A further display entitled "About Hove - Name this Place" invites visitors to name the locations of 24 photos taken in Hove streets, some easy, some difficult. This is a joint event by Brighton Society & Hove Civic Society. Entry is free and the entrant identifying the greatest number of locations will win copies of  "Hove & Portslade through Time" and "Britain in Old Photographs, Hove", both by Judy Middleton. Prize sponsored by Hove Civic Society.

Thursday, 11 March 2010

Wednesday, 10 March 2010

Dodgy crossing update

Following my last but one article "Is this crossing dangerous?" I also emailed the Traffic Signal Department.  I have had a quick response and more importantly the light has already been swung round to point towards Castle Square. As the photo shows the pedestrian can no longer be misled by the light intended for traffic. Apparently it was never intended for the traffic in East Street.

Problem solved.

Monday, 8 March 2010


From this:-

To this (March 2010):-

The twentieth century was not kind to Rottingdean. A downland village which, because of its geographical location was unique in Sussex, possibly along the entire South Coast, in enjoying an economy based on farming, fishing & smuggling.  It  was inevitably visited by the developers, and perhaps some change was inevitable, but one wonders if the results needed to be quite so uncompromisingly bad.

In 1904 the cafe shown in the top picture was known as 'the Geisha', probably following the craze at that time for all things Japanese. It was owned then by an A.J.Crouch. It continued to exist well into the 20th century.  Many will still remember it as the favourite destination of a Sunday afternoon walk along the Undercliff. Later, after a cliff fall obliterated the path along cliff edge, patrons were allowed, if they so wished, to exit by the back door to continue their walk up the cliff. The right-of-way was never re-established, yet it was presumably open to the Council's Planning Department to insist on it as a condition of development.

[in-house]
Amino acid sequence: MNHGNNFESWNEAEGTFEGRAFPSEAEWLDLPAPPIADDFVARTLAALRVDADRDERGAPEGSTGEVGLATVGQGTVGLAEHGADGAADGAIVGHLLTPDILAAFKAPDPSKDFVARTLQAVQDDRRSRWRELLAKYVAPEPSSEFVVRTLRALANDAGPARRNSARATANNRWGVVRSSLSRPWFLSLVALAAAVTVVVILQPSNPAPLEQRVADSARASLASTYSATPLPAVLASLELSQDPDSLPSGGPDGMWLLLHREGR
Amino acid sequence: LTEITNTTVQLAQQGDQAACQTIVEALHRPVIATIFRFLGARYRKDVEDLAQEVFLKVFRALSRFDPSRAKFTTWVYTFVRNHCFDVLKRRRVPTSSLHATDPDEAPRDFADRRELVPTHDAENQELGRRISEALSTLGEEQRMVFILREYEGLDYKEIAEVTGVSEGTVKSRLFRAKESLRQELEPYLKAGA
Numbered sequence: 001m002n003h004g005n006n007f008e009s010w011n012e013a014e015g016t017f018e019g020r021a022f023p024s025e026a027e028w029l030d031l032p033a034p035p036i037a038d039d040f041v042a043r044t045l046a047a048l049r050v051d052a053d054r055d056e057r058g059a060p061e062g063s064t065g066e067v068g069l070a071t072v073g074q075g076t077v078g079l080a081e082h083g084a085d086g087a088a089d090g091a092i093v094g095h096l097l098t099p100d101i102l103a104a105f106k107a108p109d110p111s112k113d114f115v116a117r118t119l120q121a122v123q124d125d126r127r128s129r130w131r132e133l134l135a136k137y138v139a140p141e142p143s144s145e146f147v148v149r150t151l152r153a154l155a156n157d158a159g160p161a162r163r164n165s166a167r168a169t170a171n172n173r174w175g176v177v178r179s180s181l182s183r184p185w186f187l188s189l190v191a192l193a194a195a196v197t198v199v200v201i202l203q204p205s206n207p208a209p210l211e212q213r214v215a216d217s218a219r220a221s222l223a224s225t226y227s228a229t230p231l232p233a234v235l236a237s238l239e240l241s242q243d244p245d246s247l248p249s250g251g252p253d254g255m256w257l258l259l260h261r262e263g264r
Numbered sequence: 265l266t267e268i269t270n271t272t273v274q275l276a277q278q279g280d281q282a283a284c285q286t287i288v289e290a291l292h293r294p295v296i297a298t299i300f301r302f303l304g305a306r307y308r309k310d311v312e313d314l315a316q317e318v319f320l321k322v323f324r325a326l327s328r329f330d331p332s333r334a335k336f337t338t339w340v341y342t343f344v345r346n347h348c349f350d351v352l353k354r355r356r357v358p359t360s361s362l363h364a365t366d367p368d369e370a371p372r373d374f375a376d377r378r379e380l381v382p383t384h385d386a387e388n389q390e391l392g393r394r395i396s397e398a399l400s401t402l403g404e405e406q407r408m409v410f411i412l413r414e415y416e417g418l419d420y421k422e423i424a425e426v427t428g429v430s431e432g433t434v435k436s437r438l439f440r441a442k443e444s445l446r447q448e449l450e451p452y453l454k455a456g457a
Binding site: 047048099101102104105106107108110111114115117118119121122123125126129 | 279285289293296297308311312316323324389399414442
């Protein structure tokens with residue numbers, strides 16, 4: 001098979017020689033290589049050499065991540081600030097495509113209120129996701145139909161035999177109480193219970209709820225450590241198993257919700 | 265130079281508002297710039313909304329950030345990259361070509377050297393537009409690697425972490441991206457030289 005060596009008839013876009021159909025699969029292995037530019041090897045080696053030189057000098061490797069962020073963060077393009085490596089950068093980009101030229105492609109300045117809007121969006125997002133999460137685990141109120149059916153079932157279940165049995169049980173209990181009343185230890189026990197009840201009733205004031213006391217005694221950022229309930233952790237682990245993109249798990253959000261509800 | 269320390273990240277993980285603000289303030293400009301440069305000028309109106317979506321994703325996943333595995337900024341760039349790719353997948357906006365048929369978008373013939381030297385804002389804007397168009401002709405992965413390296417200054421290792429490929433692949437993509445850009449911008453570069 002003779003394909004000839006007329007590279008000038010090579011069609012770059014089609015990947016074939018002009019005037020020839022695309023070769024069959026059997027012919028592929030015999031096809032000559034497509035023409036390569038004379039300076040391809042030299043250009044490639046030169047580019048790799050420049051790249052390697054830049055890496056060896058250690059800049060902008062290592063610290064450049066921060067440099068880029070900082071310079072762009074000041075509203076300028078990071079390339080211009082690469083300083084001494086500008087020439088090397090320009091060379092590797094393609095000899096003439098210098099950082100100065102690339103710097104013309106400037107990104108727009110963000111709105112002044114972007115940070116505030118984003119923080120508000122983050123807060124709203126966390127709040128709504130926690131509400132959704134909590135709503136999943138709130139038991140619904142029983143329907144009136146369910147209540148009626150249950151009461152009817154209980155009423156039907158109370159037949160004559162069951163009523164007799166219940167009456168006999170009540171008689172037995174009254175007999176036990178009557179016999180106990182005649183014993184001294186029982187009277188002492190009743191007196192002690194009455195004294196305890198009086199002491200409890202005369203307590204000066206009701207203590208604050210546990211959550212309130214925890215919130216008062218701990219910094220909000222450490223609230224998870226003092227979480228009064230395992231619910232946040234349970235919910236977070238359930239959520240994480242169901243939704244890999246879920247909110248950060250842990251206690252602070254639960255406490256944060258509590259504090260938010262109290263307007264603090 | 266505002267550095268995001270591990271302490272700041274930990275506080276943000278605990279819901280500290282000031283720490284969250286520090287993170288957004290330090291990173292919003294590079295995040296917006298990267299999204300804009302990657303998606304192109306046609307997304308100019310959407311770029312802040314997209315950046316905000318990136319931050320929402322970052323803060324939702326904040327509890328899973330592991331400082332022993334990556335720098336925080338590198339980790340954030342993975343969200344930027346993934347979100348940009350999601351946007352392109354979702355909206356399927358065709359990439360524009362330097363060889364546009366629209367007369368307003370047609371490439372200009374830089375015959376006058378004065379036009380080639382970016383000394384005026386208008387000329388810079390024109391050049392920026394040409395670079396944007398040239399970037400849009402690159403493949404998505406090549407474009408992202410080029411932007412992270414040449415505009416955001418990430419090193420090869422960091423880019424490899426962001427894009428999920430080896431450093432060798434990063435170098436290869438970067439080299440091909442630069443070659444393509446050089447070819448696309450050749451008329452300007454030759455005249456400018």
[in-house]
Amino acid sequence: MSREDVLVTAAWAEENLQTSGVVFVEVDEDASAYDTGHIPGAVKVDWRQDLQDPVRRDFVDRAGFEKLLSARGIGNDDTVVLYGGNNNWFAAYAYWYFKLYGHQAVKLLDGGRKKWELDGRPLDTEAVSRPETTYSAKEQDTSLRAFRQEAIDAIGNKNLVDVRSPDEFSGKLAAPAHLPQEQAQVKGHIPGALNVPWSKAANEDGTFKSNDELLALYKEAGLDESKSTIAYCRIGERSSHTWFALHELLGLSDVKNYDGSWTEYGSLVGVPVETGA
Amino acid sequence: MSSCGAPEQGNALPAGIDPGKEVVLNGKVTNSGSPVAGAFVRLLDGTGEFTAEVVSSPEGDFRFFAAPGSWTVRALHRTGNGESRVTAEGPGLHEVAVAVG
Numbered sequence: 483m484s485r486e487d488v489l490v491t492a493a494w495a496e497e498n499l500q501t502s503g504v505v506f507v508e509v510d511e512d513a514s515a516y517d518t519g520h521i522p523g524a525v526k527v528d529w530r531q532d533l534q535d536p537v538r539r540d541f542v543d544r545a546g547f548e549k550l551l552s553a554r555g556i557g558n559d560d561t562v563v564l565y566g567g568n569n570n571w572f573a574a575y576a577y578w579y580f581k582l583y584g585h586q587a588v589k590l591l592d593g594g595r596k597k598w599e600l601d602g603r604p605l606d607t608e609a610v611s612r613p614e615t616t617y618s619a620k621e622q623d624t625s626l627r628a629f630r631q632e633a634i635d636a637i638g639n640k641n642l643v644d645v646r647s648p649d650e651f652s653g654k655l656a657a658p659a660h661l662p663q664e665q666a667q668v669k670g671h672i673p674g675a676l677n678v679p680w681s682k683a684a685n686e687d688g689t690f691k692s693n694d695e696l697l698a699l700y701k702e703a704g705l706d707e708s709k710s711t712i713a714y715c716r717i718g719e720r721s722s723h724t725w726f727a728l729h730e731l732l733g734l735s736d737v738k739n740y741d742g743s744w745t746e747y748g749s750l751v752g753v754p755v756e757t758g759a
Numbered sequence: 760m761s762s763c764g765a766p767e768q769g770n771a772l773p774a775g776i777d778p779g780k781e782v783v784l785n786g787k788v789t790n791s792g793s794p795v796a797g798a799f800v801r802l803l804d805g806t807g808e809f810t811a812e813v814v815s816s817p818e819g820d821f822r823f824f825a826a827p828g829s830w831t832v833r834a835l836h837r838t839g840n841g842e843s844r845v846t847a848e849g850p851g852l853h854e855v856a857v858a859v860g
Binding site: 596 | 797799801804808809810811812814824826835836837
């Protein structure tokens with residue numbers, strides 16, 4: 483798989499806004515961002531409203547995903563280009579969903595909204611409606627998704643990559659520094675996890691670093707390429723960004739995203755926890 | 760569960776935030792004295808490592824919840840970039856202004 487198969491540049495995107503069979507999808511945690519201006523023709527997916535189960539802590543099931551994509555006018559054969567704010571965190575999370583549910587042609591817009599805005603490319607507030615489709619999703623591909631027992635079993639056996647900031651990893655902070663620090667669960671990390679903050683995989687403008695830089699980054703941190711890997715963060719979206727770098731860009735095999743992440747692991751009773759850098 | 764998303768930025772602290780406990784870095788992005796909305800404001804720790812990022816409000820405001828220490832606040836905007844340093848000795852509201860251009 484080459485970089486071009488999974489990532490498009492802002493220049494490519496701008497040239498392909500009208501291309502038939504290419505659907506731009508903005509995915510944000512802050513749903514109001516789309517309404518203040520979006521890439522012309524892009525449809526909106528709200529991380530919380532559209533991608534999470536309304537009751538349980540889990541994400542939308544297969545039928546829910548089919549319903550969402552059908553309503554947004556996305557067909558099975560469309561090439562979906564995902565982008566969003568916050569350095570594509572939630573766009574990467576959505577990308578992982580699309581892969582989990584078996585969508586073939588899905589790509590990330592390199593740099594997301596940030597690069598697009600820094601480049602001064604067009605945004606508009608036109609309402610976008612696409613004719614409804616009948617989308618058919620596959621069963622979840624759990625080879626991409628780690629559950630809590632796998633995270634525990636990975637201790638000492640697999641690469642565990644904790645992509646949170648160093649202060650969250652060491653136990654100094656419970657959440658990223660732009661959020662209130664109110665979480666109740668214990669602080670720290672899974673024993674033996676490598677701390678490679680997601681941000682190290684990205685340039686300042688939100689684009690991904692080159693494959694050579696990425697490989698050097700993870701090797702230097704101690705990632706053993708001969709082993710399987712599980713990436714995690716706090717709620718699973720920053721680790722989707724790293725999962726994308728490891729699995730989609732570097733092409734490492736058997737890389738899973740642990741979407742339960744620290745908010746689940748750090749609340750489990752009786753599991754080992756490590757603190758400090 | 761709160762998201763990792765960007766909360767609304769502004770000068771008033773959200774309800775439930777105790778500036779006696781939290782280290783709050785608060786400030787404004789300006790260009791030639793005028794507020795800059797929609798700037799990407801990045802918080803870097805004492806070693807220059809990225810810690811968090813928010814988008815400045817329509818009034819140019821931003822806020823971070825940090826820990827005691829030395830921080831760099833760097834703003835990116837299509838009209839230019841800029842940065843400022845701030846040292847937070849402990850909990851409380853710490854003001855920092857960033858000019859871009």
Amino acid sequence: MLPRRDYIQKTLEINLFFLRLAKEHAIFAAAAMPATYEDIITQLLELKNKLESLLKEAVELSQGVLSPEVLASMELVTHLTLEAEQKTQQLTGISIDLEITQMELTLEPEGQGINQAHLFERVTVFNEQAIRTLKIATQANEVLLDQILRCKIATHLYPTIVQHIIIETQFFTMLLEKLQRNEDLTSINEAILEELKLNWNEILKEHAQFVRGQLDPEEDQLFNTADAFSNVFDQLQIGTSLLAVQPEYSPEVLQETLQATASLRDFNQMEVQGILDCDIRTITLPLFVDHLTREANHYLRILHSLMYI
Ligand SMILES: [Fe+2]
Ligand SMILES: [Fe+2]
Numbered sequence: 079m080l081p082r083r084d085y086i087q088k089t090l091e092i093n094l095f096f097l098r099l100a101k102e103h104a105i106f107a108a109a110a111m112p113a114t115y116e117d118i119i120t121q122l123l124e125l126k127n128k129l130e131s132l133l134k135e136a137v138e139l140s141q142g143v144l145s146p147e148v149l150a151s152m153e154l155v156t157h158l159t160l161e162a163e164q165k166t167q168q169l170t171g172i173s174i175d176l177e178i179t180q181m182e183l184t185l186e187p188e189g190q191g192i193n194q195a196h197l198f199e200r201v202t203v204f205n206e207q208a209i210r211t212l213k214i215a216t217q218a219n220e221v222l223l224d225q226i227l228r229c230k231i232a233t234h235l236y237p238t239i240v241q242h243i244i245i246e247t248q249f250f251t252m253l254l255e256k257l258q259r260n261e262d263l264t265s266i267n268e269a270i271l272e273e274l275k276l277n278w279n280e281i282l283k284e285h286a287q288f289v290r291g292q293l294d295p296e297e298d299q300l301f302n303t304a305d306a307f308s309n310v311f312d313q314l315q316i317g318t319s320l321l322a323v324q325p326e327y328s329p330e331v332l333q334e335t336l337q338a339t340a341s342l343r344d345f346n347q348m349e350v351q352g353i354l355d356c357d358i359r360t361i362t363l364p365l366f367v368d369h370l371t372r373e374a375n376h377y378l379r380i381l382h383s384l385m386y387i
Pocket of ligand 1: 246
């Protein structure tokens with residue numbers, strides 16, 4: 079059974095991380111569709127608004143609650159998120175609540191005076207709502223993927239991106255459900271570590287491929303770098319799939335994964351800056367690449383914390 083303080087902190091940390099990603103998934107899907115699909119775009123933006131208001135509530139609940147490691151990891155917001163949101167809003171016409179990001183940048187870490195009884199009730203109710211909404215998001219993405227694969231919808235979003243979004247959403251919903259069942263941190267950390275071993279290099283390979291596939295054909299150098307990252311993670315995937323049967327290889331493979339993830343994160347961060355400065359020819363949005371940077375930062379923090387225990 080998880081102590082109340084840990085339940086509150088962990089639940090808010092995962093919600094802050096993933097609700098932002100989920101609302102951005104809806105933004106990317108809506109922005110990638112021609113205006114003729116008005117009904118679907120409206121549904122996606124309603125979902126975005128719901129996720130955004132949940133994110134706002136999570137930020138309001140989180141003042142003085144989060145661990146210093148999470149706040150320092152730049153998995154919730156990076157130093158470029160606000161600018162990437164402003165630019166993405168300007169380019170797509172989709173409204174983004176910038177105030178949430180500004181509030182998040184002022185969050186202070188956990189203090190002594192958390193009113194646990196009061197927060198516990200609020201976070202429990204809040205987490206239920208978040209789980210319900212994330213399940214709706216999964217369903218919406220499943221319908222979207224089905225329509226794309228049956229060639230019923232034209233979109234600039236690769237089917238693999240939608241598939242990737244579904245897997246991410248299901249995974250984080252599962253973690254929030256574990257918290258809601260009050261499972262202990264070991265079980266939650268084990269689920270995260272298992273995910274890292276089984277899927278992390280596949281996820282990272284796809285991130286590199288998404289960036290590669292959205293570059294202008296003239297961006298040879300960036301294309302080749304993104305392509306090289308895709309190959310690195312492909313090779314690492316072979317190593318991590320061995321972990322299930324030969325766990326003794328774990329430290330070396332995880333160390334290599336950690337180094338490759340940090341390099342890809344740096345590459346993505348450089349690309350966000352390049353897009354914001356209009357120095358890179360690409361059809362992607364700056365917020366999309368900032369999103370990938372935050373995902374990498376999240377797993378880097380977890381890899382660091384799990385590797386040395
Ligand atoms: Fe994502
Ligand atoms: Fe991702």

Rottingdean is honeycombed with now bricked-up smugglers' tunnels. One of them leads to the Grange. The Vicar, Dr.Thomas Hooker who ran a famous school there, is said to be the model for the parson in Rudyard Kipling's poem "The Smuggler's Song":-

"Five and twenty ponies. Trotting through the dark - 
Brandy for the Parson, Baccy for the Clerk 
Laces for a lady; letters for a spy,
And watch the wall, my darling, while the Gentlemen go by!"

Tuesday, 2 March 2010

Is this crossing dangerous?

The new pelican crossing at the bottom of North Street is very usefully sited but open to dire misinterpretation by an unthinking pedestrian. The green light seen in the photo is not intended for pedestrians but for emerging East Street traffic.

A pedestrian coming from East Street sees  the self-same green light just where he is aiming to get to, so with his eye on this and mind elsewhere, he is tempted to just keep walking even though the pedestrian "stop-go" indicator mounted on the near post (the middle yellow box) will still be showing red.

It is true that the pedestrian has a clear view of traffic approaching from the left but this is not the case for traffic from the right which, because of the built-out kerb and the bend in the road, is approaching from behind the pedestrian's right shoulder. Buses clip this bend very closely and one incautious step could spell disaster.

Even those cautious types who pause at the kerb will be confused if they have approached the crossing from East Street.  With the light showing across the road, be it red or green, there is no visual incentive to seek a signal elsewhere and when standing at the kerb the pedestrian signal is behind one's right shoulder. Even glancing right towards Castle Square it is easily missed.

I know I am not the first person to mention this. I hope the Council's Traffic Control Department aren't waiting for us to be proved right.